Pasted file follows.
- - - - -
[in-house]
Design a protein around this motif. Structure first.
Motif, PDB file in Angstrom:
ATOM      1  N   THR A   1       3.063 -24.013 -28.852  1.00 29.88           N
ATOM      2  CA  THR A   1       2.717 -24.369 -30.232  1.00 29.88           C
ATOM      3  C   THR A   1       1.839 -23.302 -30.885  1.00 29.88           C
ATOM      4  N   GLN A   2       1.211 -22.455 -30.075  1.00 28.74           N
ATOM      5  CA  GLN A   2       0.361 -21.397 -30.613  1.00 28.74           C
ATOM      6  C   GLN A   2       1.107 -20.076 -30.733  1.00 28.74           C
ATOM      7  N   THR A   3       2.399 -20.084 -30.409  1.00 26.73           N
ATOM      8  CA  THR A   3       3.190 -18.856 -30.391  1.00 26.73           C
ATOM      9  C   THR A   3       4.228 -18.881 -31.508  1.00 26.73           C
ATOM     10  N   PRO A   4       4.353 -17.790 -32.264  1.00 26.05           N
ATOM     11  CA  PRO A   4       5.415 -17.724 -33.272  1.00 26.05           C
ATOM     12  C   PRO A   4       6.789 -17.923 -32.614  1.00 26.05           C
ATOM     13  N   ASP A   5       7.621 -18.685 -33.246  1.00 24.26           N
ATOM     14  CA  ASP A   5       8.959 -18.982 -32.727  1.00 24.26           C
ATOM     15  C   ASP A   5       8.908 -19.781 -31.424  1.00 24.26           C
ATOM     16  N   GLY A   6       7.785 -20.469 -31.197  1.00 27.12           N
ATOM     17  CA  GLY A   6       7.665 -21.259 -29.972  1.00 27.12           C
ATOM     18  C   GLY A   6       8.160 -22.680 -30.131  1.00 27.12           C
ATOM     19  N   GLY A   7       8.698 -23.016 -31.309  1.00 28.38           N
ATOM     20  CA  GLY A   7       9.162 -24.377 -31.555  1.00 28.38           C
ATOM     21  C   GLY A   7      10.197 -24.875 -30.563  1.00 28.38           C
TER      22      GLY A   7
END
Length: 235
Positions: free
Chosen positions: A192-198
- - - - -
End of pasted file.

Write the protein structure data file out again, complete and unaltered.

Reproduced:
[in-house]
Design a protein around this motif. Structure first.
Motif, PDB file in Angstrom:
ATOM      1  N   THR A   1       3.063 -24.013 -28.852  1.00 29.88           N
ATOM      2  CA  THR A   1       2.717 -24.369 -30.232  1.00 29.88           C
ATOM      3  C   THR A   1       1.839 -23.302 -30.885  1.00 29.88           C
ATOM      4  N   GLN A   2       1.211 -22.455 -30.075  1.00 28.74           N
ATOM      5  CA  GLN A   2       0.361 -21.397 -30.613  1.00 28.74           C
ATOM      6  C   GLN A   2       1.107 -20.076 -30.733  1.00 28.74           C
ATOM      7  N   THR A   3       2.399 -20.084 -30.409  1.00 26.73           N
ATOM      8  CA  THR A   3       3.190 -18.856 -30.391  1.00 26.73           C
ATOM      9  C   THR A   3       4.228 -18.881 -31.508  1.00 26.73           C
ATOM     10  N   PRO A   4       4.353 -17.790 -32.264  1.00 26.05           N
ATOM     11  CA  PRO A   4       5.415 -17.724 -33.272  1.00 26.05           C
ATOM     12  C   PRO A   4       6.789 -17.923 -32.614  1.00 26.05           C
ATOM     13  N   ASP A   5       7.621 -18.685 -33.246  1.00 24.26           N
ATOM     14  CA  ASP A   5       8.959 -18.982 -32.727  1.00 24.26           C
ATOM     15  C   ASP A   5       8.908 -19.781 -31.424  1.00 24.26           C
ATOM     16  N   GLY A   6       7.785 -20.469 -31.197  1.00 27.12           N
ATOM     17  CA  GLY A   6       7.665 -21.259 -29.972  1.00 27.12           C
ATOM     18  C   GLY A   6       8.160 -22.680 -30.131  1.00 27.12           C
ATOM     19  N   GLY A   7       8.698 -23.016 -31.309  1.00 28.38           N
ATOM     20  CA  GLY A   7       9.162 -24.377 -31.555  1.00 28.38           C
ATOM     21  C   GLY A   7      10.197 -24.875 -30.563  1.00 28.38           C
TER      22      GLY A   7
END
Length: 235
Positions: free
Chosen positions: A192-198